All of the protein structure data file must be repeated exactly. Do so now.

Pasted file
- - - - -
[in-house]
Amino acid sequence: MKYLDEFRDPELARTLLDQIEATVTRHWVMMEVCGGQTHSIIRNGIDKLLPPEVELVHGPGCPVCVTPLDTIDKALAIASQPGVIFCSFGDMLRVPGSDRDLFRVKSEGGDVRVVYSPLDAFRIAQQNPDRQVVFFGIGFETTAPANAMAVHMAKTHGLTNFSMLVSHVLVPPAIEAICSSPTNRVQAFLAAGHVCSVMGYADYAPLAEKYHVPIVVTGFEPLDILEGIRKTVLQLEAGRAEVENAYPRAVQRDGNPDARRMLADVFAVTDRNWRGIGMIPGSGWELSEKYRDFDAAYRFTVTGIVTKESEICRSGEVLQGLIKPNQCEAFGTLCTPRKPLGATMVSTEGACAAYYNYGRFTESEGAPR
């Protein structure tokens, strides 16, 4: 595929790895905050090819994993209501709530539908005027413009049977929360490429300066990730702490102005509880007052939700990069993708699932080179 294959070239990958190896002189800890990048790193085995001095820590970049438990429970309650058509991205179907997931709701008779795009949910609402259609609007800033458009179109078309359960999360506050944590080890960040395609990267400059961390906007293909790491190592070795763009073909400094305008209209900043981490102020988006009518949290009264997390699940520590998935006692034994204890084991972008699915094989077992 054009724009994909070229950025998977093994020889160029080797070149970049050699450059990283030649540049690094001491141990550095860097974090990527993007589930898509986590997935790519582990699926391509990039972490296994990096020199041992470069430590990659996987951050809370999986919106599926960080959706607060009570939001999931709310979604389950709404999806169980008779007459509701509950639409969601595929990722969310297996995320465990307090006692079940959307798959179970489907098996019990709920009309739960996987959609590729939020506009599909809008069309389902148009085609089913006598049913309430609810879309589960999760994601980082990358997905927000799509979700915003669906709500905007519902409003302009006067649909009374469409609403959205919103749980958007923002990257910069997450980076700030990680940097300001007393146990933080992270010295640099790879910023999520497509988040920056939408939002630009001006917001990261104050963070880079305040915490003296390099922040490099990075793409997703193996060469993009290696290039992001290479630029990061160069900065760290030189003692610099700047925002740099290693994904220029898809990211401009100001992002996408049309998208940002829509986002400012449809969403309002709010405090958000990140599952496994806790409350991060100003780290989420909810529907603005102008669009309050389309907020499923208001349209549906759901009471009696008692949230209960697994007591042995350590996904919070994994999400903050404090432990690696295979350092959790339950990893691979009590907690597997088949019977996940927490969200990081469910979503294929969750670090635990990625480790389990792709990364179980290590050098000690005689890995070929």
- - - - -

[in-house]
Amino acid sequence: MKYLDEFRDPELARTLLDQIEATVTRHWVMMEVCGGQTHSIIRNGIDKLLPPEVELVHGPGCPVCVTPLDTIDKALAIASQPGVIFCSFGDMLRVPGSDRDLFRVKSEGGDVRVVYSPLDAFRIAQQNPDRQVVFFGIGFETTAPANAMAVHMAKTHGLTNFSMLVSHVLVPPAIEAICSSPTNRVQAFLAAGHVCSVMGYADYAPLAEKYHVPIVVTGFEPLDILEGIRKTVLQLEAGRAEVENAYPRAVQRDGNPDARRMLADVFAVTDRNWRGIGMIPGSGWELSEKYRDFDAAYRFTVTGIVTKESEICRSGEVLQGLIKPNQCEAFGTLCTPRKPLGATMVSTEGACAAYYNYGRFTESEGAPR
């Protein structure tokens, strides 16, 4: 595929790895905050090819994993209501709530539908005027413009049977929360490429300066990730702490102005509880007052939700990069993708699932080179 294959070239990958190896002189800890990048790193085995001095820590970049438990429970309650058509991205179907997931709701008779795009949910609402259609609007800033458009179109078309359960999360506050944590080890960040395609990267400059961390906007293909790491190592070795763009073909400094305008209209900043981490102020988006009518949290009264997390699940520590998935006692034994204890084991972008699915094989077992 054009724009994909070229950025998977093994020889160029080797070149970049050699450059990283030649540049690094001491141990550095860097974090990527993007589930898509986590997935790519582990699926391509990039972490296994990096020199041992470069430590990659996987951050809370999986919106599926960080959706607060009570939001999931709310979604389950709404999806169980008779007459509701509950639409969601595929990722969310297996995320465990307090006692079940959307798959179970489907098996019990709920009309739960996987959609590729939020506009599909809008069309389902148009085609089913006598049913309430609810879309589960999760994601980082990358997905927000799509979700915003669906709500905007519902409003302009006067649909009374469409609403959205919103749980958007923002990257910069997450980076700030990680940097300001007393146990933080992270010295640099790879910023999520497509988040920056939408939002630009001006917001990261104050963070880079305040915490003296390099922040490099990075793409997703193996060469993009290696290039992001290479630029990061160069900065760290030189003692610099700047925002740099290693994904220029898809990211401009100001992002996408049309998208940002829509986002400012449809969403309002709010405090958000990140599952496994806790409350991060100003780290989420909810529907603005102008669009309050389309907020499923208001349209549906759901009471009696008692949230209960697994007591042995350590996904919070994994999400903050404090432990690696295979350092959790339950990893691979009590907690597997088949019977996940927490969200990081469910979503294929969750670090635990990625480790389990792709990364179980290590050098000690005689890995070929």